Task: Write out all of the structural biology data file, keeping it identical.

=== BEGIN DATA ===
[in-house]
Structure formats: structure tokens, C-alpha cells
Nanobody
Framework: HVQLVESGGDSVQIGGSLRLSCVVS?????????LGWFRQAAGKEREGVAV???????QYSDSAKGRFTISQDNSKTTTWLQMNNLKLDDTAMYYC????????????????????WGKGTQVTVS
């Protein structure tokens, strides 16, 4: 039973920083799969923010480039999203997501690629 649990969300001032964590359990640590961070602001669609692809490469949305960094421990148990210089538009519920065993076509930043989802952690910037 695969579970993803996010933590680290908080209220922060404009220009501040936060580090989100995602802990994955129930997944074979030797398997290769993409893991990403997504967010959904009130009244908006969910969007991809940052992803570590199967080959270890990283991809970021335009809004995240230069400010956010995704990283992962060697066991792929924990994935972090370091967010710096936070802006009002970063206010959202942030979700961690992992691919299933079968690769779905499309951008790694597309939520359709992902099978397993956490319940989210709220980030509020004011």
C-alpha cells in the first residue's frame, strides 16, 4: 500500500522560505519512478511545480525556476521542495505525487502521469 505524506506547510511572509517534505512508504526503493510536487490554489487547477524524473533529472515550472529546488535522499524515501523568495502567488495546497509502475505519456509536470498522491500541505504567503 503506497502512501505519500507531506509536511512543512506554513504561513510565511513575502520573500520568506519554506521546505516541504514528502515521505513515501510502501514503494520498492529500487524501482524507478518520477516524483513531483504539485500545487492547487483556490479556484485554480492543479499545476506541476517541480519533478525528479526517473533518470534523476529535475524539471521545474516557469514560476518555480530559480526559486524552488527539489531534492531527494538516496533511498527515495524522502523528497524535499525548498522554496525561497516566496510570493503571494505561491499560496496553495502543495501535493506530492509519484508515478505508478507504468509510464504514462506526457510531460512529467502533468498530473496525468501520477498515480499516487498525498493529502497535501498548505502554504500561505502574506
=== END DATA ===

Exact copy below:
[in-house]
Structure formats: structure tokens, C-alpha cells
Nanobody
Framework: HVQLVESGGDSVQIGGSLRLSCVVS?????????LGWFRQAAGKEREGVAV???????QYSDSAKGRFTISQDNSKTTTWLQMNNLKLDDTAMYYC????????????????????WGKGTQVTVS
């Protein structure tokens, strides 16, 4: 039973920083799969923010480039999203997501690629 649990969300001032964590359990640590961070602001669609692809490469949305960094421990148990210089538009519920065993076509930043989802952690910037 695969579970993803996010933590680290908080209220922060404009220009501040936060580090989100995602802990994955129930997944074979030797398997290769993409893991990403997504967010959904009130009244908006969910969007991809940052992803570590199967080959270890990283991809970021335009809004995240230069400010956010995704990283992962060697066991792929924990994935972090370091967010710096936070802006009002970063206010959202942030979700961690992992691919299933079968690769779905499309951008790694597309939520359709992902099978397993956490319940989210709220980030509020004011």
C-alpha cells in the first residue's frame, strides 16, 4: 500500500522560505519512478511545480525556476521542495505525487502521469 505524506506547510511572509517534505512508504526503493510536487490554489487547477524524473533529472515550472529546488535522499524515501523568495502567488495546497509502475505519456509536470498522491500541505504567503 503506497502512501505519500507531506509536511512543512506554513504561513510565511513575502520573500520568506519554506521546505516541504514528502515521505513515501510502501514503494520498492529500487524501482524507478518520477516524483513531483504539485500545487492547487483556490479556484485554480492543479499545476506541476517541480519533478525528479526517473533518470534523476529535475524539471521545474516557469514560476518555480530559480526559486524552488527539489531534492531527494538516496533511498527515495524522502523528497524535499525548498522554496525561497516566496510570493503571494505561491499560496496553495502543495501535493506530492509519484508515478505508478507504468509510464504514462506526457510531460512529467502533468498530473496525468501520477498515480499516487498525498493529502497535501498548505502554504500561505502574506